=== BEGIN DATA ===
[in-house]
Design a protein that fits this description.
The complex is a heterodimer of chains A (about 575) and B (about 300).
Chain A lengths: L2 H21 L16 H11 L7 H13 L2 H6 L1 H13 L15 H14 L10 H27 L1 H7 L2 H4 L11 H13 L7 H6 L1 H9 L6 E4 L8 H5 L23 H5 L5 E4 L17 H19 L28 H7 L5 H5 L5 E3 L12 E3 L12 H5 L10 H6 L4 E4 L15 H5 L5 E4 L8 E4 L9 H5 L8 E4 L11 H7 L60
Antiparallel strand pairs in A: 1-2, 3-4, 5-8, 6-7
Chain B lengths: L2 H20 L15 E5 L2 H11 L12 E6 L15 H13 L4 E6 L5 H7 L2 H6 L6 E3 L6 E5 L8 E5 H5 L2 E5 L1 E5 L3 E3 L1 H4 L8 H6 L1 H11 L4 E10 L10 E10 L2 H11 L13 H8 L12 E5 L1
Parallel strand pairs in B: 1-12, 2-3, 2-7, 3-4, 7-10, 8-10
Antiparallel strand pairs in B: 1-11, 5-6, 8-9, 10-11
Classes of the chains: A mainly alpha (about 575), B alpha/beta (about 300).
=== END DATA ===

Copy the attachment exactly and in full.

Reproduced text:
[in-house]
Design a protein that fits this description.
The complex is a heterodimer of chains A (about 575) and B (about 300).
Chain A lengths: L2 H21 L16 H11 L7 H13 L2 H6 L1 H13 L15 H14 L10 H27 L1 H7 L2 H4 L11 H13 L7 H6 L1 H9 L6 E4 L8 H5 L23 H5 L5 E4 L17 H19 L28 H7 L5 H5 L5 E3 L12 E3 L12 H5 L10 H6 L4 E4 L15 H5 L5 E4 L8 E4 L9 H5 L8 E4 L11 H7 L60
Antiparallel strand pairs in A: 1-2, 3-4, 5-8, 6-7
Chain B lengths: L2 H20 L15 E5 L2 H11 L12 E6 L15 H13 L4 E6 L5 H7 L2 H6 L6 E3 L6 E5 L8 E5 H5 L2 E5 L1 E5 L3 E3 L1 H4 L8 H6 L1 H11 L4 E10 L10 E10 L2 H11 L13 H8 L12 E5 L1
Parallel strand pairs in B: 1-12, 2-3, 2-7, 3-4, 7-10, 8-10
Antiparallel strand pairs in B: 1-11, 5-6, 8-9, 10-11
Classes of the chains: A mainly alpha (about 575), B alpha/beta (about 300).